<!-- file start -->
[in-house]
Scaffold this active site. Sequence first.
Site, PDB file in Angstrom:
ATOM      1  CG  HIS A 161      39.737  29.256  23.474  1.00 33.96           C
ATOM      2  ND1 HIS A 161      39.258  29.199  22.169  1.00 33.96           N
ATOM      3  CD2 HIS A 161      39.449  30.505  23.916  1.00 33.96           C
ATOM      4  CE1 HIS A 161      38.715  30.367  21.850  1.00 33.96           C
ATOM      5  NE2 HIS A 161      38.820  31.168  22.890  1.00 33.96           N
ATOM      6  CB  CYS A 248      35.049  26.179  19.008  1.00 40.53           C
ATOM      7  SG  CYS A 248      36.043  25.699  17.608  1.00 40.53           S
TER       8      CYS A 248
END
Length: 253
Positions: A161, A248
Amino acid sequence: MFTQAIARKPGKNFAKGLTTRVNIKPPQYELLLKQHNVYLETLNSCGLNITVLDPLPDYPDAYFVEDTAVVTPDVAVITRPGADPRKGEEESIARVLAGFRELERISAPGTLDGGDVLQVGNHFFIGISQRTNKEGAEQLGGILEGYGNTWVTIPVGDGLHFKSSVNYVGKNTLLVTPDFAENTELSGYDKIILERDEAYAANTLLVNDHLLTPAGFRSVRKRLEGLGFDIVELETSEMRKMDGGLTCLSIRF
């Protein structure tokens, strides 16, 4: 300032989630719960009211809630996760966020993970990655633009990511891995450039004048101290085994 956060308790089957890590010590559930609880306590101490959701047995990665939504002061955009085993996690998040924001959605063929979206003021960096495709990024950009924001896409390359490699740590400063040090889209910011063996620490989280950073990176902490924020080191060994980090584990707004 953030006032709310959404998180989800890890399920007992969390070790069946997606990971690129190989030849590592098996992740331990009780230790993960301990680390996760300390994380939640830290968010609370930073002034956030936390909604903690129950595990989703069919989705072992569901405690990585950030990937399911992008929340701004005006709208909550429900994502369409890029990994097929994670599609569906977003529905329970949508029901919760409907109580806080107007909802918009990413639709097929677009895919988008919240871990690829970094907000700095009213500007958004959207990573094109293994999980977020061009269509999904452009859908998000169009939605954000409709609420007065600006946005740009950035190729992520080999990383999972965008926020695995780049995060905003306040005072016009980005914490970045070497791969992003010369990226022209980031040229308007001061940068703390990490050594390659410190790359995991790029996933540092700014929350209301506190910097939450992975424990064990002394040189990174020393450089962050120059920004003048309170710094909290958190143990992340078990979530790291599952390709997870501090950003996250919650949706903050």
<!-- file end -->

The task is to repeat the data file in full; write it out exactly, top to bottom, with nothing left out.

[in-house]
Scaffold this active site. Sequence first.
Site, PDB file in Angstrom:
ATOM      1  CG  HIS A 161      39.737  29.256  23.474  1.00 33.96           C
ATOM      2  ND1 HIS A 161      39.258  29.199  22.169  1.00 33.96           N
ATOM      3  CD2 HIS A 161      39.449  30.505  23.916  1.00 33.96           C
ATOM      4  CE1 HIS A 161      38.715  30.367  21.850  1.00 33.96           C
ATOM      5  NE2 HIS A 161      38.820  31.168  22.890  1.00 33.96           N
ATOM      6  CB  CYS A 248      35.049  26.179  19.008  1.00 40.53           C
ATOM      7  SG  CYS A 248      36.043  25.699  17.608  1.00 40.53           S
TER       8      CYS A 248
END
Length: 253
Positions: A161, A248
Amino acid sequence: MFTQAIARKPGKNFAKGLTTRVNIKPPQYELLLKQHNVYLETLNSCGLNITVLDPLPDYPDAYFVEDTAVVTPDVAVITRPGADPRKGEEESIARVLAGFRELERISAPGTLDGGDVLQVGNHFFIGISQRTNKEGAEQLGGILEGYGNTWVTIPVGDGLHFKSSVNYVGKNTLLVTPDFAENTELSGYDKIILERDEAYAANTLLVNDHLLTPAGFRSVRKRLEGLGFDIVELETSEMRKMDGGLTCLSIRF
């Protein structure tokens, strides 16, 4: 300032989630719960009211809630996760966020993970990655633009990511891995450039004048101290085994 956060308790089957890590010590559930609880306590101490959701047995990665939504002061955009085993996690998040924001959605063929979206003021960096495709990024950009924001896409390359490699740590400063040090889209910011063996620490989280950073990176902490924020080191060994980090584990707004 953030006032709310959404998180989800890890399920007992969390070790069946997606990971690129190989030849590592098996992740331990009780230790993960301990680390996760300390994380939640830290968010609370930073002034956030936390909604903690129950595990989703069919989705072992569901405690990585950030990937399911992008929340701004005006709208909550429900994502369409890029990994097929994670599609569906977003529905329970949508029901919760409907109580806080107007909802918009990413639709097929677009895919988008919240871990690829970094907000700095009213500007958004959207990573094109293994999980977020061009269509999904452009859908998000169009939605954000409709609420007065600006946005740009950035190729992520080999990383999972965008926020695995780049995060905003306040005072016009980005914490970045070497791969992003010369990226022209980031040229308007001061940068703390990490050594390659410190790359995991790029996933540092700014929350209301506190910097939450992975424990064990002394040189990174020393450089962050120059920004003048309170710094909290958190143990992340078990979530790291599952390709997870501090950003996250919650949706903050």